I started out looking into a variety of different tree fractals, but one of the earliest classes of tree fractal I found has kept me pretty busy. So today I’m going to go over the Pythagoras tree and some interesting 3d extensions that you can make to the basic fractal.

The traditional Pythagoras tree uses a sequence of squares to build up a simple fractal. The first square is placed at the base, and the next two are placed on either side of a symmetrical right angled triangle. The basic wooscript for this is pretty simple so here comes iteration 1 of a Pythagoras tree.

rule main { adjust(y, +1) adjust(scale, *0.707106781186, *0.707106781186, *0.707106781186) push() adjust(rz, -45) adjust(y, +0.5) call(box) pop() adjust(rz, +45) adjust(y, +0.5) call(box) }

// Wooscript 2.1 (current syntax) box pos.y += 1 scale *= vec(0.707106781186,0.707106781186,0.707106781186) { rz -= 45 pos.y += 0.5 box } { rz += 45 pos.y += 0.5 box }

What makes this a fractal, is that you can continue to apply this pattern to each of the sub-squares that have been added. The script needs to be changed a bit so it calls itself recursively. To do this the main pattern is moved into a rule called “r1″ and this is called instead of the box primitive. To control the iterations of the fractal you just adjust the number of recursions you want the system to allow using adjust(recursions, =10).

So here goes with the fractal going on one more iteration, and then two more iterations.

rule main { adjust(recursions, =2) call (r1) } rule r1 { call(box) adjust(y, +1) adjust(scale, *0.707106781186, *0.707106781186, *0.707106781186) push() adjust(rz, -45) adjust(y, +0.5) call(r1) pop() adjust(rz, +45) adjust(y, +0.5) call(r1) }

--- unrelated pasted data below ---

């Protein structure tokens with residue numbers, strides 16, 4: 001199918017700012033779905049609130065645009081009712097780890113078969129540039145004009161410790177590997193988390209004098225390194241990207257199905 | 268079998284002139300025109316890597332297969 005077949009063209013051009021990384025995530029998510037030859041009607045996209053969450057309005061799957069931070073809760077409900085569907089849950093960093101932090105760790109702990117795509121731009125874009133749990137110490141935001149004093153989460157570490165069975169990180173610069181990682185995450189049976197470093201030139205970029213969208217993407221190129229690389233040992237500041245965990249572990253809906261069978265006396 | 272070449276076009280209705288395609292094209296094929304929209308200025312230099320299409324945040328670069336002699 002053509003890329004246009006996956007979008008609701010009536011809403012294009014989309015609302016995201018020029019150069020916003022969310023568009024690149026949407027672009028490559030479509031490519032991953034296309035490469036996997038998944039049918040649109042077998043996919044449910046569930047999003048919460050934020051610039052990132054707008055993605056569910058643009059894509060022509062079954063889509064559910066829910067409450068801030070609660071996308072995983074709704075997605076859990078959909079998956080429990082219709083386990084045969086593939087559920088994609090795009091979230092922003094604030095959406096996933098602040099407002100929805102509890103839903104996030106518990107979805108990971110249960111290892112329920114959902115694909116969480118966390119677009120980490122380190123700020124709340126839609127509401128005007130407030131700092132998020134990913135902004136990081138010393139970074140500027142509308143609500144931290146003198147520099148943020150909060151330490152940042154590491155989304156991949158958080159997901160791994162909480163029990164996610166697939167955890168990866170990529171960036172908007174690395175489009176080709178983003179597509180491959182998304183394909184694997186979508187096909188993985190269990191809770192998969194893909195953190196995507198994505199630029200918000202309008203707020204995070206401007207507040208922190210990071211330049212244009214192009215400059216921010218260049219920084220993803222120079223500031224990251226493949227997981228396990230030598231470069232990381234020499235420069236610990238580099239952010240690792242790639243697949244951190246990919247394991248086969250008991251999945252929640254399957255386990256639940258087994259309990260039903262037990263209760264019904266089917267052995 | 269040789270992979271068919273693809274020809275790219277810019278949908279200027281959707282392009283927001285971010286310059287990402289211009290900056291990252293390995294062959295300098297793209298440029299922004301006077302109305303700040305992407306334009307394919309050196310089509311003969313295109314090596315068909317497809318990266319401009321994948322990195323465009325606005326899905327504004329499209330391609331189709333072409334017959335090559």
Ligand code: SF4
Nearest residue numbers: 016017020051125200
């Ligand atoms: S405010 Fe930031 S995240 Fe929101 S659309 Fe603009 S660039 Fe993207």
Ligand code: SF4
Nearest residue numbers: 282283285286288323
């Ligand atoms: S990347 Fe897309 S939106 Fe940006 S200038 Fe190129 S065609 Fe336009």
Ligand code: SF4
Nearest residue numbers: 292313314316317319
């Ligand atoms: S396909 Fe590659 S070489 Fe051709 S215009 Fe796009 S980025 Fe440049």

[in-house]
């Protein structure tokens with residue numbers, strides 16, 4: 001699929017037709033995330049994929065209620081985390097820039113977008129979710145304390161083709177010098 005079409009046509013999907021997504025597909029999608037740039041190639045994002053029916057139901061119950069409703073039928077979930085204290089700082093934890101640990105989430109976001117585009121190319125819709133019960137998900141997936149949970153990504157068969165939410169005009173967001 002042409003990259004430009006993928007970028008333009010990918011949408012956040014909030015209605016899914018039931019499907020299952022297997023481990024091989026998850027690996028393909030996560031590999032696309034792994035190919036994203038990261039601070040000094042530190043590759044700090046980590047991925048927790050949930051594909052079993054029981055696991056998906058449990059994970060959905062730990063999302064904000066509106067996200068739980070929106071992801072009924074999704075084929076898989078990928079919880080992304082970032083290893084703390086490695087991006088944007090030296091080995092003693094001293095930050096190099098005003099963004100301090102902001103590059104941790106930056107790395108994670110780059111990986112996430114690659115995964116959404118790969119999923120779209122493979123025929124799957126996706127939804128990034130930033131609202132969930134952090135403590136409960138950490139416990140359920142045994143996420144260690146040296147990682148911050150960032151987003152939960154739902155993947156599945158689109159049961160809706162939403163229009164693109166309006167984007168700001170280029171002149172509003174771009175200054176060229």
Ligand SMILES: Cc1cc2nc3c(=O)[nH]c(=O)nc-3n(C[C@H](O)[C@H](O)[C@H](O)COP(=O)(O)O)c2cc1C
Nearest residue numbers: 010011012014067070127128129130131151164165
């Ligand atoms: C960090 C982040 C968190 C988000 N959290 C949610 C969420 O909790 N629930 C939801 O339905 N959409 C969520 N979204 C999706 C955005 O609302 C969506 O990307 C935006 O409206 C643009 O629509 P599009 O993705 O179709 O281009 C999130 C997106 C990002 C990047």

// Wooscript 2.1 (current syntax) rule main { recursions = 2 r1 } rule r1 { box pos.y += 1 scale *= vec(0.707106781186,0.707106781186,0.707106781186) { rz -= 45 pos.y += 0.5 r1 } { rz += 45 pos.y += 0.5 r1 } }

And finally lets just whack the iterations right up and have a look at a whole row of Pythagoras trees at increasing iteration counts.

This is all a lot of fun so far, but these trees do all look a bit too regular for me. A standard extension to the Pythagoras tree is to swap the 45 degree angles on the corners so that we’re building trees using a different right angled triangle. It seems fitting to use the famous 3, 4, 5 sided triangle to build a tree instead of the current symmetrical building block.

Let’s take a look at iteration 1 of the 3,4,5 fractal.

rule r1 { call(box) adjust(y, +1) adjust(diff, *1, *0.88, *0.88) push() adjust(scale, *0.6, *0.6, *0.6) adjust(rz, -53.13) adjust(y, +0.625) call(r1) pop() adjust(scale, *0.8, *0.8, *0.8) adjust(rz, +36.87) adjust(y, +0.375) call(r1) }

// Wooscript 2.1 (current syntax) rule r1 { box pos.y += 1 { scale *= vec(0.6,0.6,0.6) rz -= 53.13 pos.y += 0.625 r1 } { scale *= vec(0.8,0.8,0.8) rz += 36.87 pos.y += 0.375 r1 } }

And once we iterate that a few times we get quite a pretty little fractal.

This is definitely a bit cuter than the bog standard fractal, but it’s still not making much use of the 3d side of things. With a number of fractal trees I’ve added a 30 degree twist on each iteration, but with this fractal it’d break that simple pythagoras triangle which the fractal is named after, so instead of rotating the fractal step, I’m going to split the cube into two, and rotate halfway along the cube.

That gives you an interesting fractal which makes much better use of the 3d nature of the renderer.

The code does get a little bit more complex though…

rule r1 { adjust(scaley, *0.5) call(box) adjust(scaley, *2) adjust(y, +0.5) adjust(ry, +30) adjust(scaley, *0.5) call(box) adjust(scaley, *2) adjust(y, +0.5) adjust(diff, *1, *0.88, *0.88) push() adjust(scale, *0.6, *0.6, *0.6) adjust(rz, -53.13) adjust(y, +0.625) call(r1) pop() adjust(scale, *0.8, *0.8, *0.8) adjust(rz, +36.87) adjust(y, +0.375) call(r1) }

// Wooscript 2.1 (current syntax) rule r1 { { scale.y *= 0.5 box } pos.y += 0.5 ry += 30 { scale.y *= 0.5 box } pos.y += 0.5 { scale *= vec(0.6,0.6,0.6) rz -= 53.13 pos.y += 0.625 r1 } { scale *= vec(0.8,0.8,0.8) rz += 36.87 pos.y += 0.375 r1 } }

So that just leaves me to do a few feature renders to show off the fractal.

First up another angle with ambient occlusion turned on, this shows a bit more colour gradient in the shadows.

And finally a darker render with full path tracing enabled.